As for the protests and charges of the RSPO's inability to save forests or human rights, we are expecting too much out of the RSPO. Only 15 percent of the global supply of palm oil is covered under their "sustainable" standards but the biggest reason for their failure to become a forest saving standard has to be the fact that we cannot decide whether the horse should come before the cart or vice versa.

As conservationists and consumers in the West, we think that palm oil should be grown sustainably and be traceable to farm as we see in Dr. Bronner's products before we pay premium retail prices for them.

On the other hand, the palm oil growers think that WE should put our money where our mouth is first. The Indonesian Palm Oil Association (ISPO) quit the RSPO in 2011 to pursue their own mandate. The Malaysian Palm Oil Association is quitting the RSPO as well this year to focus on their own branding, Malaysian Sustainable Palm Oil(MSPO). The underlying reason for both associations to leave the RSPO has been a perceived failure of the RSPO to get them the premium bucks which they thought they deserved for having worked "sustainably."

Malaysia's voice for its palm oil industry, Yusof Basiron likes to point out how Western activists are picking on palm oil when these countries should be sharing the blame for deforestation. He has a point to a certain extent. If we look at what developed nations are doing for the sake of jobs, wealth and economic development, we see cute furry animals losing their forests to clear cuts in Australia, endangered wildlife and pristine rainforests being opened up in Canada and ancient redwoods in California being threatened by vineyards of all things.

I have to remind him here that this is not a competition of how many forests we can cut down in this generation. He should find some comfort in knowing that Western countries have put several generations into debt while Malaysia remains relatively unburdened.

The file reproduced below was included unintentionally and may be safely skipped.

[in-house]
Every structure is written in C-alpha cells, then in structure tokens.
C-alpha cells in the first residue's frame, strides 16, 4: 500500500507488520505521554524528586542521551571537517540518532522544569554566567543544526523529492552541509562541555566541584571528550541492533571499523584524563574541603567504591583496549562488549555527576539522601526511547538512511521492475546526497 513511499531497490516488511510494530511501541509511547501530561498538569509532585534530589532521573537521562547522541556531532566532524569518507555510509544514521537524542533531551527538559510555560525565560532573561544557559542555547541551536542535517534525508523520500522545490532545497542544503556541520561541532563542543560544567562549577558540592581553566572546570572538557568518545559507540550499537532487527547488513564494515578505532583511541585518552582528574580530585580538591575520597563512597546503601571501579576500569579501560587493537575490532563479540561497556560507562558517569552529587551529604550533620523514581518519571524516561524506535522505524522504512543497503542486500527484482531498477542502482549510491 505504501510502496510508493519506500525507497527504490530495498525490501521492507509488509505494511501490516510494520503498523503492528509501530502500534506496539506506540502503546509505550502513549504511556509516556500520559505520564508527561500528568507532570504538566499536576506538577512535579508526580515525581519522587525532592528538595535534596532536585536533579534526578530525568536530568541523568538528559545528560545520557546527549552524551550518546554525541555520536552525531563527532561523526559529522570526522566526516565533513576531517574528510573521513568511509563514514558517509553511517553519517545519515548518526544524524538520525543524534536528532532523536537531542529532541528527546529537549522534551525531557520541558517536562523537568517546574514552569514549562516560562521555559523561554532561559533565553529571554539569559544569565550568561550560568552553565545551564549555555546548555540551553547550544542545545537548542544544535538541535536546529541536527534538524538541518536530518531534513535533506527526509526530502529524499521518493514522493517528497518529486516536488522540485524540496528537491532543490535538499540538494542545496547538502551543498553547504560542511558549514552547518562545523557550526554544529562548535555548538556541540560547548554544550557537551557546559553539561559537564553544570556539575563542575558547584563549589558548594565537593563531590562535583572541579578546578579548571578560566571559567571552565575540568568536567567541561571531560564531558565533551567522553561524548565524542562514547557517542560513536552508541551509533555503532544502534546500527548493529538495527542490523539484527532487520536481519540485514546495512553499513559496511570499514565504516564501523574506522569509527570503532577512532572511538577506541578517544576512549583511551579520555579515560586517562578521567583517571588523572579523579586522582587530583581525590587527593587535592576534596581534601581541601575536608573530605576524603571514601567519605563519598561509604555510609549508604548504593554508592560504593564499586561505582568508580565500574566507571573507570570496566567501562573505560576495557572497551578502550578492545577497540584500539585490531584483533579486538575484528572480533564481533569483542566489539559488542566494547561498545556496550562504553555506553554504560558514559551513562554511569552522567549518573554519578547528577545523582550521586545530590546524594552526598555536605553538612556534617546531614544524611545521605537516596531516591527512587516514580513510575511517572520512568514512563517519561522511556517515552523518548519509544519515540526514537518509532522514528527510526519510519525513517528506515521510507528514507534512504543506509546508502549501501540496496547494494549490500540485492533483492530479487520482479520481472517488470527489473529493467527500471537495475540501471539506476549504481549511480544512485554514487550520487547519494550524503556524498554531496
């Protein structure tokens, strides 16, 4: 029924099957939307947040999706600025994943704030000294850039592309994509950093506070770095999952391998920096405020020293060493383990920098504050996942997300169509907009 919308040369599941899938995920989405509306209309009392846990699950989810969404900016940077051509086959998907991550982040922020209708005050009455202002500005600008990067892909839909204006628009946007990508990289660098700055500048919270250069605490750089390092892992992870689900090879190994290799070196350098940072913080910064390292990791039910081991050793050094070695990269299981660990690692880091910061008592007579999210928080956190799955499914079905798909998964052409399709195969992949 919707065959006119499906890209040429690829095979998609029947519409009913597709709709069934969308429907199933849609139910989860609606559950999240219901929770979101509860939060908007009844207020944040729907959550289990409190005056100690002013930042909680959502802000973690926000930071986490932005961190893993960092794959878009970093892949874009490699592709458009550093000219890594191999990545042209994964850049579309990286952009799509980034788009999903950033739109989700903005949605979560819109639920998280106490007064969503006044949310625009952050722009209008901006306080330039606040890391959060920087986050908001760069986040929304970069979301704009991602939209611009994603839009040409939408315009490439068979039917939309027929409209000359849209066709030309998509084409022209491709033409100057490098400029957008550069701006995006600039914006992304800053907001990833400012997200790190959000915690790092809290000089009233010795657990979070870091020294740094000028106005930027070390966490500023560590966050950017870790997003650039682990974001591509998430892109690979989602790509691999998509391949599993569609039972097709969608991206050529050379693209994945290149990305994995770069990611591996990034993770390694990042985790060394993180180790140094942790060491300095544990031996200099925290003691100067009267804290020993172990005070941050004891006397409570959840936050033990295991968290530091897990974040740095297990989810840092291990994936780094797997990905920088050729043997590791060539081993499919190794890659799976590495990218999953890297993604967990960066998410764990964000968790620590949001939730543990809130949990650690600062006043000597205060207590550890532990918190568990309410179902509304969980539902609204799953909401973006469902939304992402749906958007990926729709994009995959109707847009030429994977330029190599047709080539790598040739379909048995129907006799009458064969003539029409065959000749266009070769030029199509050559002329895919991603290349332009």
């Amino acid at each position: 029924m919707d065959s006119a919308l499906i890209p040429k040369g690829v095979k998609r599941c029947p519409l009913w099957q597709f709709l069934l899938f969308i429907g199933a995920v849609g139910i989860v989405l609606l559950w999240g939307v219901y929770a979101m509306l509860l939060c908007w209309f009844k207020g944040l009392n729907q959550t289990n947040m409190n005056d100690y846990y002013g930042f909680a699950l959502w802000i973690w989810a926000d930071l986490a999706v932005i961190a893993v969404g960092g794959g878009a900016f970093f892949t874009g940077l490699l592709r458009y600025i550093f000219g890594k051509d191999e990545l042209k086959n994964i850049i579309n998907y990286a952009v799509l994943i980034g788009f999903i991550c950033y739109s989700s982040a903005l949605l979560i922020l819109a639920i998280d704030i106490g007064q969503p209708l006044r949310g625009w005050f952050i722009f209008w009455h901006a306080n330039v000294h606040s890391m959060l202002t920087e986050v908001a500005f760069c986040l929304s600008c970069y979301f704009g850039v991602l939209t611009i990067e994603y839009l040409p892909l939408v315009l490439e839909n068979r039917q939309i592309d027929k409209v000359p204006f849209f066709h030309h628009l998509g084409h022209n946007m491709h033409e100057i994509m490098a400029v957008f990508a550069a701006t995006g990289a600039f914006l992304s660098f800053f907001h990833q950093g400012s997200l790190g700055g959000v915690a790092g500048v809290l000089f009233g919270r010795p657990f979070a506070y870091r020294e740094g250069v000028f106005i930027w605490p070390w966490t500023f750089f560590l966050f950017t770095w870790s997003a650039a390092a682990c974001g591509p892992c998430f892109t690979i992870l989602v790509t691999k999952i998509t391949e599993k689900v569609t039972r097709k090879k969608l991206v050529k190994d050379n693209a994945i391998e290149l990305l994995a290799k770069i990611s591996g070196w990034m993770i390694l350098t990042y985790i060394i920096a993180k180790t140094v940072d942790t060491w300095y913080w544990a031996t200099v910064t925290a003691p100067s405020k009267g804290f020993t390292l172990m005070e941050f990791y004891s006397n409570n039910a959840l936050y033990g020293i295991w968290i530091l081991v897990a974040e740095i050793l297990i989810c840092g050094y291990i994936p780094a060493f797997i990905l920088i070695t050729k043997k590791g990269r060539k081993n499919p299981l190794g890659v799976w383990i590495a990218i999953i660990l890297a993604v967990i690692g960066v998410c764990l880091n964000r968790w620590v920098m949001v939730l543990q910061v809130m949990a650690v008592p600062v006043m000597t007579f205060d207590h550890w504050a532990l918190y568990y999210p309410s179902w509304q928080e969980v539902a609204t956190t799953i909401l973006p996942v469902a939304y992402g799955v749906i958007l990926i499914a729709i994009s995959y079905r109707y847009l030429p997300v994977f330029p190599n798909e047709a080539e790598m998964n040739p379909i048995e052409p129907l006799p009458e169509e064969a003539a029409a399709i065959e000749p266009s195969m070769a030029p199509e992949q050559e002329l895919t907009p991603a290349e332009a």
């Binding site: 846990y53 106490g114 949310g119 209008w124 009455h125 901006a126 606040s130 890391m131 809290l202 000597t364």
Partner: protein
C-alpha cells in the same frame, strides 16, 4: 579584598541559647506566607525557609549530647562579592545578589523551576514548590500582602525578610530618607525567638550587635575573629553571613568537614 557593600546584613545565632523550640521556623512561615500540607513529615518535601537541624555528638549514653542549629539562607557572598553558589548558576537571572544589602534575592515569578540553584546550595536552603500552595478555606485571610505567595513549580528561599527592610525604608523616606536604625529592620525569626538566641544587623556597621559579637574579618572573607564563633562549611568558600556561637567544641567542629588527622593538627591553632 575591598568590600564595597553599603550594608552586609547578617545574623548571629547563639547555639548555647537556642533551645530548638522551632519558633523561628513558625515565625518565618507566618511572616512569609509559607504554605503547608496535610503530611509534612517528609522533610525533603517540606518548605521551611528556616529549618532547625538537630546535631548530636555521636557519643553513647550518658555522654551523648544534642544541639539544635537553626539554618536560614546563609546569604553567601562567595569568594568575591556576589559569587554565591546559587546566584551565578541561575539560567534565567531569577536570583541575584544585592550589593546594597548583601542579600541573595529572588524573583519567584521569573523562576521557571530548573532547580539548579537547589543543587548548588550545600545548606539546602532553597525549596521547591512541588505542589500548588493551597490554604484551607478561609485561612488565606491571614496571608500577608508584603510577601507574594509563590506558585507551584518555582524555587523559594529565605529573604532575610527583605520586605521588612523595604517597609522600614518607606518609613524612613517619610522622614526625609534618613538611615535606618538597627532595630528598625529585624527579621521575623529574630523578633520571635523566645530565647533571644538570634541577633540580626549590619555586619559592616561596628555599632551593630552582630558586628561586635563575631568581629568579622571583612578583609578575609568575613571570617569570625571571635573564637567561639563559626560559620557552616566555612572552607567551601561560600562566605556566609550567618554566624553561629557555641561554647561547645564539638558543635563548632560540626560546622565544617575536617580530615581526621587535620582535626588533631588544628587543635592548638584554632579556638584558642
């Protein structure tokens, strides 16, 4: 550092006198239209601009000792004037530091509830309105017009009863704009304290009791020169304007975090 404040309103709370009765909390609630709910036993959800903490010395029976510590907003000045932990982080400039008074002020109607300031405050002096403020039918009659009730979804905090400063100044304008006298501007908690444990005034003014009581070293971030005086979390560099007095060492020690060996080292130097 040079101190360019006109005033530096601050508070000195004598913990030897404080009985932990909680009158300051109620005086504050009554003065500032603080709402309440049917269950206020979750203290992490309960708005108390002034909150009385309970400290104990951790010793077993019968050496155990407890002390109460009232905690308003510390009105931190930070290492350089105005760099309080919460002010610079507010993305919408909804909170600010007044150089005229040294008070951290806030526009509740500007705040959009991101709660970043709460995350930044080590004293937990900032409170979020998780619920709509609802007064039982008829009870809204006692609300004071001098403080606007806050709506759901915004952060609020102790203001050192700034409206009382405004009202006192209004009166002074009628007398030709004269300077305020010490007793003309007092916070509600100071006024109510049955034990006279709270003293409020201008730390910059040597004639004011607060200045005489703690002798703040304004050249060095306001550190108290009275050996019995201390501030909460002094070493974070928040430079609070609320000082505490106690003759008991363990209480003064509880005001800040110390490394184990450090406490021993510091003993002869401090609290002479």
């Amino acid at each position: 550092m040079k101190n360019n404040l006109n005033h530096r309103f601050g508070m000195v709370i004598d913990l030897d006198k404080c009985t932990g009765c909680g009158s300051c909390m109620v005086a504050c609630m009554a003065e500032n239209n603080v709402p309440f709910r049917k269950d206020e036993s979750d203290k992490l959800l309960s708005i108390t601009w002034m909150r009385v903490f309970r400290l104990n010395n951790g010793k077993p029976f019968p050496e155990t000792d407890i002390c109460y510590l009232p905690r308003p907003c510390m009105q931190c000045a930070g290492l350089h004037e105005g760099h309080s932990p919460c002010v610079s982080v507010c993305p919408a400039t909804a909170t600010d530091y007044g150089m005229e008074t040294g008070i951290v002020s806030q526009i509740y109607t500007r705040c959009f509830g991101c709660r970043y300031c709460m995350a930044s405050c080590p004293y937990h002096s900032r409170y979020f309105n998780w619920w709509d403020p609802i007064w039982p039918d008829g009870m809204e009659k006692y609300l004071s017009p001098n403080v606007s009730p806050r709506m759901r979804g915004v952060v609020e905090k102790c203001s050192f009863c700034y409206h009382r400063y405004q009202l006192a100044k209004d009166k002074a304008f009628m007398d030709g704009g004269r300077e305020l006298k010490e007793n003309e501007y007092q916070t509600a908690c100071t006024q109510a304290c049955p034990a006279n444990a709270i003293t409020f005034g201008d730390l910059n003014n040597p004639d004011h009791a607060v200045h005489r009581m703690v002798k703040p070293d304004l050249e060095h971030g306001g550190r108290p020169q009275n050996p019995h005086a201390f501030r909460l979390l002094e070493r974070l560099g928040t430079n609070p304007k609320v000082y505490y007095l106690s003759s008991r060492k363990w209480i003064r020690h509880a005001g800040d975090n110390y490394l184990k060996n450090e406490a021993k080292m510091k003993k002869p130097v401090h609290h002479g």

Saving something.

These are arguments that will never be resolved and meanwhile, the carnage continues. The only hope we have of saving something today is not to look at certification schemes overall but to look at individual companies. Just as we have to battle them one at a time, we also have to challenge any prodigal sons to pay up for past sins.

Can individual corporations like Asia Pulp and Paper play a role in saving some of it? I think so. If you look at the funding that Sime Darby has plonked into conservation projects in north Borneo, it is one big reason why the region is the best conserved in all of Borneo.

To be sure, there is always a chance that the same companies that would fund conservation one day may turn and remove high conservation value forests the next day. BHP Billington which has coughed up some cash for orangutan conservation previously is now online to destroy vast swaths of their habitat for coal mines, another big reason for forest loss in Indonesia.

or now, I pin my hopes for Indonesian biodiversity to come through individual members of certification body The Forest Trust where members have pledged to a no deforestation policy today, not 2020. If we allow corporations to delay their "sustainability" pledges to 2020, most of the ancient forests would have fallen.